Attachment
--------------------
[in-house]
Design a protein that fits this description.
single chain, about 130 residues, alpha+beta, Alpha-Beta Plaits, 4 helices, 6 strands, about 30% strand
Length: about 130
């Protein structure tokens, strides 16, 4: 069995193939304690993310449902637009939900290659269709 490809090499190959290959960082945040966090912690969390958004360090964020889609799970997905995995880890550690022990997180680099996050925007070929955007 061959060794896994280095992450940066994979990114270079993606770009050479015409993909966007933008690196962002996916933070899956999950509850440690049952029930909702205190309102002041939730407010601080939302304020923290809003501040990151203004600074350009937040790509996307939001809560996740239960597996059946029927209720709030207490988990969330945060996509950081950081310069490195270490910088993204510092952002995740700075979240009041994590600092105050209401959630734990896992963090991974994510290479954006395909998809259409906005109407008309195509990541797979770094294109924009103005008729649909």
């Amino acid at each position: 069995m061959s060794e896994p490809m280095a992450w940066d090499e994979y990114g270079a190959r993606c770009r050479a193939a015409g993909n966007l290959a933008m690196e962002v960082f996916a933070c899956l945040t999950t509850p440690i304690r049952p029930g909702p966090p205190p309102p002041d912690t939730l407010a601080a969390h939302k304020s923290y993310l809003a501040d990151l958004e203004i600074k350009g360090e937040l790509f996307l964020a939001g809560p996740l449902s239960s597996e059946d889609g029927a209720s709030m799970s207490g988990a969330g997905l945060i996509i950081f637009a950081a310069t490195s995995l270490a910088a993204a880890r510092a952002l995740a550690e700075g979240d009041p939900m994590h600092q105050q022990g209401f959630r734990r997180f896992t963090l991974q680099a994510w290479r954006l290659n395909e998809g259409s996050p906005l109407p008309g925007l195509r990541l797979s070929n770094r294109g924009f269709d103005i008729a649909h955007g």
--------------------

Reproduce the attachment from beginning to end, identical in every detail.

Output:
[in-house]
Design a protein that fits this description.
single chain, about 130 residues, alpha+beta, Alpha-Beta Plaits, 4 helices, 6 strands, about 30% strand
Length: about 130
């Protein structure tokens, strides 16, 4: 069995193939304690993310449902637009939900290659269709 490809090499190959290959960082945040966090912690969390958004360090964020889609799970997905995995880890550690022990997180680099996050925007070929955007 061959060794896994280095992450940066994979990114270079993606770009050479015409993909966007933008690196962002996916933070899956999950509850440690049952029930909702205190309102002041939730407010601080939302304020923290809003501040990151203004600074350009937040790509996307939001809560996740239960597996059946029927209720709030207490988990969330945060996509950081950081310069490195270490910088993204510092952002995740700075979240009041994590600092105050209401959630734990896992963090991974994510290479954006395909998809259409906005109407008309195509990541797979770094294109924009103005008729649909």
């Amino acid at each position: 069995m061959s060794e896994p490809m280095a992450w940066d090499e994979y990114g270079a190959r993606c770009r050479a193939a015409g993909n966007l290959a933008m690196e962002v960082f996916a933070c899956l945040t999950t509850p440690i304690r049952p029930g909702p966090p205190p309102p002041d912690t939730l407010a601080a969390h939302k304020s923290y993310l809003a501040d990151l958004e203004i600074k350009g360090e937040l790509f996307l964020a939001g809560p996740l449902s239960s597996e059946d889609g029927a209720s709030m799970s207490g988990a969330g997905l945060i996509i950081f637009a950081a310069t490195s995995l270490a910088a993204a880890r510092a952002l995740a550690e700075g979240d009041p939900m994590h600092q105050q022990g209401f959630r734990r997180f896992t963090l991974q680099a994510w290479r954006l290659n395909e998809g259409s996050p906005l109407p008309g925007l195509r990541l797979s070929n770094r294109g924009f269709d103005i008729a649909h955007g």